February 28, 2024

E. coli and Cryptosporidium Cases Rise in Michigan

Cases of E. coli and Cryptosporidium increased this summer in two counties in Michigan, according to the Health Department. Jennifer Morse, medical director of three regional health departments in that state said in a statement, “These increases are concerning because the resulting illness can be life-threatening. With the investigations that have been completed thus far, the major source seems to be coming from farm animals.” These illnesses occurred in Mecosta and Newaygo counties in Michigan.

Goats-Petting-Zoo-2This is important information, since we are approaching the time when many farms open their gates to tourism. Apple picking season is here.

Deadly food poisoning outbreaks linked to farms have increased in the past few years. In fact, in 2013, an E. coli O157:H7 outbreak at Dehn’s Pumpkins in Dayton, Minnesota sickened a child. She developed hemolytic uremic syndrome (HUS) and suffered severe kidney damage. The law firm of Pritzker Hageman won a $7.55 million verdict for her in court. At least seven people were sickened in that outbreak.

Ecotourism on farms is problematic, because animals that live on those farms carry pathogenic bacteria in their intestines. The bacteria are shed in the animals feces. Those feces can get on the animal’s hides, their bedding, railings, gates, and on the ground.

E. coli is ubiquitous in the environment. In fact, this bacteria is one of the most common bacteria on earth. Many kinds of E. coli bacteria are harmless, but some, known as Shiga toxin-producing E. coli, can cause serious illness and death.

Cryptosporidium is a parasite found in animals and humans. This parasite causes watery and explosive diarrhea that can last for months.

Both of these pathogens are spread when a person ingests a tiny bit of feces. This can happen when a child touches a farm animal, then puts her fingers in her mouth or eats a bite of a caramel apple. The Michigan press releases states that, “The local cases this summer point toward the host being farm animals that infected humans that had contact with these animals. There is often an increase of these infections in summer as humans come in more direct and frequent contact with farm animals. This period is when contact between humans and animals is most frequent given seasonal events such as county fairs, petting zoos and farm tours.”

To protect yourself and your family, do not eat or drink in areas where animals are housed. Always wash your hands well with soap and water after interacting with animals, particularly farm animals. If you do choose to go to a petting zoo or farm with your kids, watch them carefully to make sure they don’t put their hands in their mouths when they are around animals.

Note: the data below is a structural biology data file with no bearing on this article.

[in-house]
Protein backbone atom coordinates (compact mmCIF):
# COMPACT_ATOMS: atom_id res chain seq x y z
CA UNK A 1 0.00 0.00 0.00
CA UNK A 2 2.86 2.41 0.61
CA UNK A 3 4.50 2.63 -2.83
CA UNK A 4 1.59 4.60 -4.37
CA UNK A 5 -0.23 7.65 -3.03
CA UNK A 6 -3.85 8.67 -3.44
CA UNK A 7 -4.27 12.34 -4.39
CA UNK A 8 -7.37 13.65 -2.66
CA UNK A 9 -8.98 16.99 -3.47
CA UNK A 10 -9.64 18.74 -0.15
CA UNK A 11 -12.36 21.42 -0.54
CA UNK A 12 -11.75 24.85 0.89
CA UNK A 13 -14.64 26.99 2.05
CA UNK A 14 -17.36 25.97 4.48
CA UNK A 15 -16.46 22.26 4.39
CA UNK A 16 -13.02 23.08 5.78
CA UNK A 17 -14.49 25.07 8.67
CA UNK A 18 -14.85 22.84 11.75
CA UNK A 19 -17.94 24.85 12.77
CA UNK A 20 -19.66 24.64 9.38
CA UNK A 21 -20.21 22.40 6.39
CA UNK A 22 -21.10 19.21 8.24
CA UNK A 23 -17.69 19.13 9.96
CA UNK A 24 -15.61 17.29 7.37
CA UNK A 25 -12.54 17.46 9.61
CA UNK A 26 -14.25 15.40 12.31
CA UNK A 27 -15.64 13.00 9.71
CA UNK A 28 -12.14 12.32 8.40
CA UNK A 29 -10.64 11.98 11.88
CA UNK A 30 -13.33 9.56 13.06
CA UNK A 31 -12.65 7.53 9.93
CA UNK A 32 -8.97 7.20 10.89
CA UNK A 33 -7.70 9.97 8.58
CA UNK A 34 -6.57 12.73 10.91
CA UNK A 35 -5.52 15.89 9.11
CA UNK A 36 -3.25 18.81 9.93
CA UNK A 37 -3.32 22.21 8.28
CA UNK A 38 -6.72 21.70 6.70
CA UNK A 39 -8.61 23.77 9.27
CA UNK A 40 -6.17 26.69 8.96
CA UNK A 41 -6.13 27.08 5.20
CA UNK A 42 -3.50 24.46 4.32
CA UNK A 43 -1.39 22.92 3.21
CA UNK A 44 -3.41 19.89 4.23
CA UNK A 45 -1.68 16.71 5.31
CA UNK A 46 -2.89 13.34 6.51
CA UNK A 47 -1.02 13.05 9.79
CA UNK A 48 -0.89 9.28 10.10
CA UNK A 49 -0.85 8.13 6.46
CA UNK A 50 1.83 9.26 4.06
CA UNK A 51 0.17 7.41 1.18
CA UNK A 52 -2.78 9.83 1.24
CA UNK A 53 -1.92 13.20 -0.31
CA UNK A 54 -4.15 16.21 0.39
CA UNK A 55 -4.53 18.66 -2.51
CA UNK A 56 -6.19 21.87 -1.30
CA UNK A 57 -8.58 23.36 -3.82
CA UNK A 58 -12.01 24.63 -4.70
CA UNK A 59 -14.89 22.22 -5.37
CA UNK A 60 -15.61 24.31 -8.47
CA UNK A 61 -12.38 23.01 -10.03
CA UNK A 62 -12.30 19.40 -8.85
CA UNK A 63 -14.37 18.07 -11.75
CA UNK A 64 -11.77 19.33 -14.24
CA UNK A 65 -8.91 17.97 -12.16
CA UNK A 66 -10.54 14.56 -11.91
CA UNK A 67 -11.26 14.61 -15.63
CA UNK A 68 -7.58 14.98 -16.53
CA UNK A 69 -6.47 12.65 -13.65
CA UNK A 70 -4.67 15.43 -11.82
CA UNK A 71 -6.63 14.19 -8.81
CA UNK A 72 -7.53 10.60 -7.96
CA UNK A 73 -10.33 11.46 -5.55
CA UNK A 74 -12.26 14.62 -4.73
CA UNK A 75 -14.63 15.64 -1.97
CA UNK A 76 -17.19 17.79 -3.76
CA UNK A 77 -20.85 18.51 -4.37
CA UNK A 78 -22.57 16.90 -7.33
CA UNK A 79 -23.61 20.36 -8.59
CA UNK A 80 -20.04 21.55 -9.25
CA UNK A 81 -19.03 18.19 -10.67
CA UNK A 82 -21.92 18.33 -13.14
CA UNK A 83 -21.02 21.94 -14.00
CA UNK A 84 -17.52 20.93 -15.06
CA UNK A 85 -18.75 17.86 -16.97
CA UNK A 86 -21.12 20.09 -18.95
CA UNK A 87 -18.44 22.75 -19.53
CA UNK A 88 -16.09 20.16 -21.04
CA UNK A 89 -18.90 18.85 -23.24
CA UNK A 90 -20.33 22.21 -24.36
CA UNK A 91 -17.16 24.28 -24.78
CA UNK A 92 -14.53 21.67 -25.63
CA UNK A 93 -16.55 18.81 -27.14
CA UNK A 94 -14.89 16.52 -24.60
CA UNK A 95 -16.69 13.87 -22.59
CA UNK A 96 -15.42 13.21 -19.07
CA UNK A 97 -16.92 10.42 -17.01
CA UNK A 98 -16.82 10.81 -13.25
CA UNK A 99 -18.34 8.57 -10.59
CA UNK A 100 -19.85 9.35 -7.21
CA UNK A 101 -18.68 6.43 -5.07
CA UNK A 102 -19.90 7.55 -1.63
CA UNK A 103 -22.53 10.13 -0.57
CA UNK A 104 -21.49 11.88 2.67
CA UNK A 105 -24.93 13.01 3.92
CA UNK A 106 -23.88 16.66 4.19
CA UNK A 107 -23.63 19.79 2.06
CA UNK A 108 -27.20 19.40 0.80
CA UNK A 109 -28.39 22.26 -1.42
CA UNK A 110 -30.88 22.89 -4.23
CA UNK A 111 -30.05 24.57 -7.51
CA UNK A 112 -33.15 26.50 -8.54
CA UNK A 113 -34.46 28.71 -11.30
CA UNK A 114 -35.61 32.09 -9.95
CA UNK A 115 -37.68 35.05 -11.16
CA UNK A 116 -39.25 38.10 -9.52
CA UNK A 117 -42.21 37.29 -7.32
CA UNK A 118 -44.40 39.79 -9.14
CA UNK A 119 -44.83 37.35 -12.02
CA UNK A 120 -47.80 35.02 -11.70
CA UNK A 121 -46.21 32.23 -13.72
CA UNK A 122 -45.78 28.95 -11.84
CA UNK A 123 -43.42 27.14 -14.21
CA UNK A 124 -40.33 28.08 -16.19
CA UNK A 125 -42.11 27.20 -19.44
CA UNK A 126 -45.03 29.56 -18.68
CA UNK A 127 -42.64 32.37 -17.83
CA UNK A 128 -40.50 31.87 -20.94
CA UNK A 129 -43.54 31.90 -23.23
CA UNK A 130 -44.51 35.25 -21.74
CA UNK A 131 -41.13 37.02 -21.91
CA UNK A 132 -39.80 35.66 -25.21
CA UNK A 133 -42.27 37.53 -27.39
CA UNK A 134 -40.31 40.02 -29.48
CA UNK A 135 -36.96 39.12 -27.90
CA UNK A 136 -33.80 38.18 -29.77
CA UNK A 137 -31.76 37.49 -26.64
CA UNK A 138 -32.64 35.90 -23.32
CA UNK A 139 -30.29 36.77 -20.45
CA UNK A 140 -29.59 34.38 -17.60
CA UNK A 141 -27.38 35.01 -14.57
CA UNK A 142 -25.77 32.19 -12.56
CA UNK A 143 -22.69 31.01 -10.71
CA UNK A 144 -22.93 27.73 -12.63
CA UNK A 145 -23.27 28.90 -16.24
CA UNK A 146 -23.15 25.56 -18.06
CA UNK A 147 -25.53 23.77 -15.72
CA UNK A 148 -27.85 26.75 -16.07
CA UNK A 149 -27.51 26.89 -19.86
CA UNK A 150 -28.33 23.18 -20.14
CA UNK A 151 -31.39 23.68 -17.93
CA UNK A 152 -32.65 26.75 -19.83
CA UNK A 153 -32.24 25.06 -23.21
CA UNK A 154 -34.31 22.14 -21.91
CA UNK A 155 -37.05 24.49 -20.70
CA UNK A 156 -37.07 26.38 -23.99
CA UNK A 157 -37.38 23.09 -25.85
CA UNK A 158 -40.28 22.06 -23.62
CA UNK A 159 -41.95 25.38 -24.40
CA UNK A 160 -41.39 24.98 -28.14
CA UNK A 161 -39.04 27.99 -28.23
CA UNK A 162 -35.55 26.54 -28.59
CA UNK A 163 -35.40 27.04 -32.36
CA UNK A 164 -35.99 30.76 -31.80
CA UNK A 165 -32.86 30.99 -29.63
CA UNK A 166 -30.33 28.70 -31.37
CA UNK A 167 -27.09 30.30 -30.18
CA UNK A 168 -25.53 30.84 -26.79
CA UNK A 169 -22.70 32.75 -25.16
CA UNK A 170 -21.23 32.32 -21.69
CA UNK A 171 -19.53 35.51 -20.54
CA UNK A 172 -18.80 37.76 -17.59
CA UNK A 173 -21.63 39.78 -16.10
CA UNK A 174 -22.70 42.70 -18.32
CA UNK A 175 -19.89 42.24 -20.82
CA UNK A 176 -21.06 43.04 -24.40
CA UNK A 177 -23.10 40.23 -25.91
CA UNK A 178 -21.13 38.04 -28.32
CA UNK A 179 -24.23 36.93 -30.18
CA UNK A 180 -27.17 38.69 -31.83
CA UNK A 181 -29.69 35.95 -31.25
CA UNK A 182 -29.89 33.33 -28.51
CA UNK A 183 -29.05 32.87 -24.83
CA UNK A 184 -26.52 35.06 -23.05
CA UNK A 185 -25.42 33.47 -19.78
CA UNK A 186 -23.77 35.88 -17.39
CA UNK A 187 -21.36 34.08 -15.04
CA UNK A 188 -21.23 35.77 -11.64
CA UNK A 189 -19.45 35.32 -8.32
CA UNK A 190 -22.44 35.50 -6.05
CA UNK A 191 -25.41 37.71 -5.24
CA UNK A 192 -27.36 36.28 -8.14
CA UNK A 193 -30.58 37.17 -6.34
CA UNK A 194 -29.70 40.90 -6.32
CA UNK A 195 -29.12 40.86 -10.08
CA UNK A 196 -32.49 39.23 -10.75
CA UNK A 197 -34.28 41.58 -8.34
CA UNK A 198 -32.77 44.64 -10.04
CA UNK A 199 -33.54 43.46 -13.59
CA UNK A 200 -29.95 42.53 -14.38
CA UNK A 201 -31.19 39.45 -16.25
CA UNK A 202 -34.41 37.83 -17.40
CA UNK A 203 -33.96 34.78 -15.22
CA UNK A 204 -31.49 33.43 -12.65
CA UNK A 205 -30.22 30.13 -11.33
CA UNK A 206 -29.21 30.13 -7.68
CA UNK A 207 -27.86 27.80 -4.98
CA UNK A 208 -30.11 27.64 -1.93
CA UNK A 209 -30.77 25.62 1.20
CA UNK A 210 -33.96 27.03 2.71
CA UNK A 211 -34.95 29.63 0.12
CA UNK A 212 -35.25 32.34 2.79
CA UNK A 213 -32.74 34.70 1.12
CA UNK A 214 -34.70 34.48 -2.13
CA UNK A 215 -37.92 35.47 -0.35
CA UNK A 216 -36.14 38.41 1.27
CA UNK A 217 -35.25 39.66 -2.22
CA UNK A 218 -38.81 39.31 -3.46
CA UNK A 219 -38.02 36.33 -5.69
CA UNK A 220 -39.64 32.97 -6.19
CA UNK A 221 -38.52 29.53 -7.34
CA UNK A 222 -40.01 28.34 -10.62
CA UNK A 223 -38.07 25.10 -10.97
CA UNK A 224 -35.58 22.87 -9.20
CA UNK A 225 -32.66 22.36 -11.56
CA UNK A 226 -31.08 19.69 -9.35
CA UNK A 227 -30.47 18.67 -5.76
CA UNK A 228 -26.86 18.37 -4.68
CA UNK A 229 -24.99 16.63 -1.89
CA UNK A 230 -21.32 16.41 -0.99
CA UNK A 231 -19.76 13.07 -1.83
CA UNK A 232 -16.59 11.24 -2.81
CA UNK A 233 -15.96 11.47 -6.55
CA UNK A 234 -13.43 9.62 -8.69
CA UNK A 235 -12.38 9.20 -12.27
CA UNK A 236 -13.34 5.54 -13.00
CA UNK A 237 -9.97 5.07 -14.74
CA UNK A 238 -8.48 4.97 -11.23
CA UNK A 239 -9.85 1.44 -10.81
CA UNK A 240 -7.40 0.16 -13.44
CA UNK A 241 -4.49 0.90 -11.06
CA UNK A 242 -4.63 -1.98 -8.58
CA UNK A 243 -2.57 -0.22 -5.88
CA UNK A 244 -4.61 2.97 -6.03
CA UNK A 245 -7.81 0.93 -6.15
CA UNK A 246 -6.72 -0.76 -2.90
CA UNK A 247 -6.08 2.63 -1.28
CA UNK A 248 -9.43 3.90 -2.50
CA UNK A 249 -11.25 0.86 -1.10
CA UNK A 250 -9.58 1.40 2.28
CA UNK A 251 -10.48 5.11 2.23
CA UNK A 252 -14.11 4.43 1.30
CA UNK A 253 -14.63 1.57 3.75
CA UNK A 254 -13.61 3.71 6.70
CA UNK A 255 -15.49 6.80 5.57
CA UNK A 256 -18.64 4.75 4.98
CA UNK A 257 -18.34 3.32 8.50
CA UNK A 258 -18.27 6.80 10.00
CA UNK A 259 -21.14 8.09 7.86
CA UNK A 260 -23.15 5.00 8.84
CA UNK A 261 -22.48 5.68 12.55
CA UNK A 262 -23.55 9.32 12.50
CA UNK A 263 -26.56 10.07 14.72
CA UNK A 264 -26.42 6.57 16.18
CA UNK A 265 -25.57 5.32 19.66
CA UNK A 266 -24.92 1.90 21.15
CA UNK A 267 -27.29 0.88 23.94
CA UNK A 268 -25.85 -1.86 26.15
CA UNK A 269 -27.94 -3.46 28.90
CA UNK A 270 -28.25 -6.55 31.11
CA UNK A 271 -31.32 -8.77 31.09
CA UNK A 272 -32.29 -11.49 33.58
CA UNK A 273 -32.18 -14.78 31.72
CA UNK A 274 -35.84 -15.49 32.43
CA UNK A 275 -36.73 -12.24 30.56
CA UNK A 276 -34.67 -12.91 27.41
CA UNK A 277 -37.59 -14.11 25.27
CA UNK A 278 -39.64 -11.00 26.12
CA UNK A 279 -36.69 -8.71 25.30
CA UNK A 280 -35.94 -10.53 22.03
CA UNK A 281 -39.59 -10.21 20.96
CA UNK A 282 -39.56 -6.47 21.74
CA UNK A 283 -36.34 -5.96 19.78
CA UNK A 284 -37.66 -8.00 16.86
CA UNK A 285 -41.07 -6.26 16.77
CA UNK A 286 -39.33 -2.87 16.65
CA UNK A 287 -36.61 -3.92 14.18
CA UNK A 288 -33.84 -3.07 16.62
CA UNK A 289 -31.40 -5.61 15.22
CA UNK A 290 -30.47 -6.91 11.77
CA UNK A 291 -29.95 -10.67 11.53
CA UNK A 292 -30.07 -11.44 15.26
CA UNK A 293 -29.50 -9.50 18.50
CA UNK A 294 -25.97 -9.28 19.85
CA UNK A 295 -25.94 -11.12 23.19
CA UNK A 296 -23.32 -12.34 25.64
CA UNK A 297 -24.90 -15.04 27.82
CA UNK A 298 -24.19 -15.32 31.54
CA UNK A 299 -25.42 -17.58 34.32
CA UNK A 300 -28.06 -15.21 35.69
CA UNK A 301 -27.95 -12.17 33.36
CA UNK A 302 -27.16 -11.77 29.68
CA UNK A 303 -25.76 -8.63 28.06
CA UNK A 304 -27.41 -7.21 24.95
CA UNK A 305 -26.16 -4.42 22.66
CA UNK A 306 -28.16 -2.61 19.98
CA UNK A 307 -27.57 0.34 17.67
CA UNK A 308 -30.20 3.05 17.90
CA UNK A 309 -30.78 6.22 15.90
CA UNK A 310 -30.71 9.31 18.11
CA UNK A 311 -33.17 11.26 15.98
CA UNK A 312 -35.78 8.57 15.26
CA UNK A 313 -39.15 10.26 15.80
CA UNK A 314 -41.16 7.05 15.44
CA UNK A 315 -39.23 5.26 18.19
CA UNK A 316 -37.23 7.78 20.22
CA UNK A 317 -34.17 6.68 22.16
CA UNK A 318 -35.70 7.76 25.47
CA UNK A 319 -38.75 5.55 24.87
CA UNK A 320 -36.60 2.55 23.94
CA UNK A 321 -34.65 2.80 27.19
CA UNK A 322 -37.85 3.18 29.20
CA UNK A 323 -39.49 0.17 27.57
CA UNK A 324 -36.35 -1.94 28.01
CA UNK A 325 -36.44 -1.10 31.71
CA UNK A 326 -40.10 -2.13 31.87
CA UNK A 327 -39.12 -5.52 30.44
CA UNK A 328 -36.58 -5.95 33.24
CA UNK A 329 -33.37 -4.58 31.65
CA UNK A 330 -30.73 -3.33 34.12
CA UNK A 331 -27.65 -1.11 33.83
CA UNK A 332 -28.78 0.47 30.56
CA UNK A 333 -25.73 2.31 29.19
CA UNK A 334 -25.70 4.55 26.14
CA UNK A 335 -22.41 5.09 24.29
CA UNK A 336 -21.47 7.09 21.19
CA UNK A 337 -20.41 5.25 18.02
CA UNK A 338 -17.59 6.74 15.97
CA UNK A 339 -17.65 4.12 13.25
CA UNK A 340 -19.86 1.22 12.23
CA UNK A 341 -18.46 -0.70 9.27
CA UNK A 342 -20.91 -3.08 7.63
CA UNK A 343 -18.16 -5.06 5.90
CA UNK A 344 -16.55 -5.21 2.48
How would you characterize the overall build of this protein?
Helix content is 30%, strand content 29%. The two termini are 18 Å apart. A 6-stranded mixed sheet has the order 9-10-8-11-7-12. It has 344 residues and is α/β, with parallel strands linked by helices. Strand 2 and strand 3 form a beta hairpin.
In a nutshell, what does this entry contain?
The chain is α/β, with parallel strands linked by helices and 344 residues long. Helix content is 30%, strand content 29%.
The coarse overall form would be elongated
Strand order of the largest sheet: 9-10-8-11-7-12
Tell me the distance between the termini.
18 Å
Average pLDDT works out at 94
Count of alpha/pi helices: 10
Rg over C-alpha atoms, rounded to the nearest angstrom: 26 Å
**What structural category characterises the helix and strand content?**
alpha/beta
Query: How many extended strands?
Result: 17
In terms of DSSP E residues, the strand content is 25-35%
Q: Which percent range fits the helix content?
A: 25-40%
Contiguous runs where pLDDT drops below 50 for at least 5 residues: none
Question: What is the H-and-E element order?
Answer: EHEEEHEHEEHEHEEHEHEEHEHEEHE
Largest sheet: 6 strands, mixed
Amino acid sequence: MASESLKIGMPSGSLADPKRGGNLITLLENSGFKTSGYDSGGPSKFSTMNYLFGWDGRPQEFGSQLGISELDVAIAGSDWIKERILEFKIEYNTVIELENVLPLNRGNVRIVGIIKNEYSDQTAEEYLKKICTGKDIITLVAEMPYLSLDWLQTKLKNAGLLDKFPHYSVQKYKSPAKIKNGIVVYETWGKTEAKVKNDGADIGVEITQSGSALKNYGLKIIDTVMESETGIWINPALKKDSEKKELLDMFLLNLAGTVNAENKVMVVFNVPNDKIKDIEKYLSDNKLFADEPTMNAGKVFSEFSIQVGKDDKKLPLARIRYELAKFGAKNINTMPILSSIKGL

When you arrive, look around. Farms and exhibitions should look as clean as possible. Animal bedding should be changed frequently. And these facilities should have signage posted to remind visitors to not eat in barns and wash their hands after they leave. If you don’t see evidence of these actions, leave.

Don’t let your child kiss or hug animals. This is difficult, since baby animals are so cute.

Keep sippy cups, small toys, and pacifiers away from your kids when they are around these animals. They should be secured in a backpack or purse. These items often fall on the ground and can become contaminated.

Don’t take baby strollers into animal housing areas. The wheels can become contaminated, and then spread bacteria to your car or back into your home. When you get home, wash all clothing with hot soapy water, and clean the bottoms of shoes and strollers with soapy water.

All of these attractions should have hand washing stations, and those stations should be equipped with clean running water and soap. Use them when you leave the barn or animal area. Wash hands for at least 20 seconds. Alcohol based hand sanitizers are acceptable, but not as effective as soap and water.

It’s important to know that young children are more seriously sickened with pathogens because their immune systems are underdeveloped. The elderly, pregnant women, people with chronic illnesses, and those with compromised immune systems are also more susceptible to food poisoning.

The law firm of Pritzker Hageman helps people sickened at petting zoos,  farms, and fairs protect their legal rights, and get compensation and justice. Our lawyers represent patients and the families of children sickened with bacterial infections in personal injury and wrongful death lawsuits against these facilities, along with retailers, food producers, food processors, restaurants, schools, and others. Attorney Fred Pritzker recently won $7.5 million for young client whose kidneys failed because she developed hemolytic uremic syndrome after she contracted an E. coli infection at an apple farm. Class action lawsuits may not be appropriate for outbreak victims because the cases are very unique.

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